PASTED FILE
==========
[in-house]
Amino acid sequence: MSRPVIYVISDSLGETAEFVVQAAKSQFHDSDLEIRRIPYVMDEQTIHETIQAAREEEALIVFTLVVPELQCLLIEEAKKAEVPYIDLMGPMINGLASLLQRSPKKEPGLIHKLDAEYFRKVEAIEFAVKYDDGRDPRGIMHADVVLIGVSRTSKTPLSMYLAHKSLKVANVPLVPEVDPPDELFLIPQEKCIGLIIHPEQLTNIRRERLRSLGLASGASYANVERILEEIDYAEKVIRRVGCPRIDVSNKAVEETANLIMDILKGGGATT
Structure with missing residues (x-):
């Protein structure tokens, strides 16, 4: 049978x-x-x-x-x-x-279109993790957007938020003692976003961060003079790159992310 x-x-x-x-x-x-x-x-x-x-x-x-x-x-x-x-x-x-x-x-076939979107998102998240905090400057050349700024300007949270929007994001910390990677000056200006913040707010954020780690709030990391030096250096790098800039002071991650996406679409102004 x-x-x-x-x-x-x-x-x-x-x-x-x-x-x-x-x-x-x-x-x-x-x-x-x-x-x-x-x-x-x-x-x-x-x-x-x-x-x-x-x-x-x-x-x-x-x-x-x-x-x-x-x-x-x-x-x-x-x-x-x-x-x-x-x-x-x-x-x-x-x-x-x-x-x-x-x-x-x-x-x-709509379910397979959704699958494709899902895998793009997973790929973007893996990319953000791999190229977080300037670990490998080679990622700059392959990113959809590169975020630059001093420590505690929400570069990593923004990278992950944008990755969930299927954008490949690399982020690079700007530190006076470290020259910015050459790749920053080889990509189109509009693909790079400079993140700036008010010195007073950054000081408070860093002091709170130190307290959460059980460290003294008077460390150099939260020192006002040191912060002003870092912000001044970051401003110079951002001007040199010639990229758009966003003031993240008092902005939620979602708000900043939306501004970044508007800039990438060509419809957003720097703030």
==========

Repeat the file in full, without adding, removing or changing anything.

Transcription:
[in-house]
Amino acid sequence: MSRPVIYVISDSLGETAEFVVQAAKSQFHDSDLEIRRIPYVMDEQTIHETIQAAREEEALIVFTLVVPELQCLLIEEAKKAEVPYIDLMGPMINGLASLLQRSPKKEPGLIHKLDAEYFRKVEAIEFAVKYDDGRDPRGIMHADVVLIGVSRTSKTPLSMYLAHKSLKVANVPLVPEVDPPDELFLIPQEKCIGLIIHPEQLTNIRRERLRSLGLASGASYANVERILEEIDYAEKVIRRVGCPRIDVSNKAVEETANLIMDILKGGGATT
Structure with missing residues (x-):
């Protein structure tokens, strides 16, 4: 049978x-x-x-x-x-x-279109993790957007938020003692976003961060003079790159992310 x-x-x-x-x-x-x-x-x-x-x-x-x-x-x-x-x-x-x-x-076939979107998102998240905090400057050349700024300007949270929007994001910390990677000056200006913040707010954020780690709030990391030096250096790098800039002071991650996406679409102004 x-x-x-x-x-x-x-x-x-x-x-x-x-x-x-x-x-x-x-x-x-x-x-x-x-x-x-x-x-x-x-x-x-x-x-x-x-x-x-x-x-x-x-x-x-x-x-x-x-x-x-x-x-x-x-x-x-x-x-x-x-x-x-x-x-x-x-x-x-x-x-x-x-x-x-x-x-x-x-x-x-709509379910397979959704699958494709899902895998793009997973790929973007893996990319953000791999190229977080300037670990490998080679990622700059392959990113959809590169975020630059001093420590505690929400570069990593923004990278992950944008990755969930299927954008490949690399982020690079700007530190006076470290020259910015050459790749920053080889990509189109509009693909790079400079993140700036008010010195007073950054000081408070860093002091709170130190307290959460059980460290003294008077460390150099939260020192006002040191912060002003870092912000001044970051401003110079951002001007040199010639990229758009966003003031993240008092902005939620979602708000900043939306501004970044508007800039990438060509419809957003720097703030």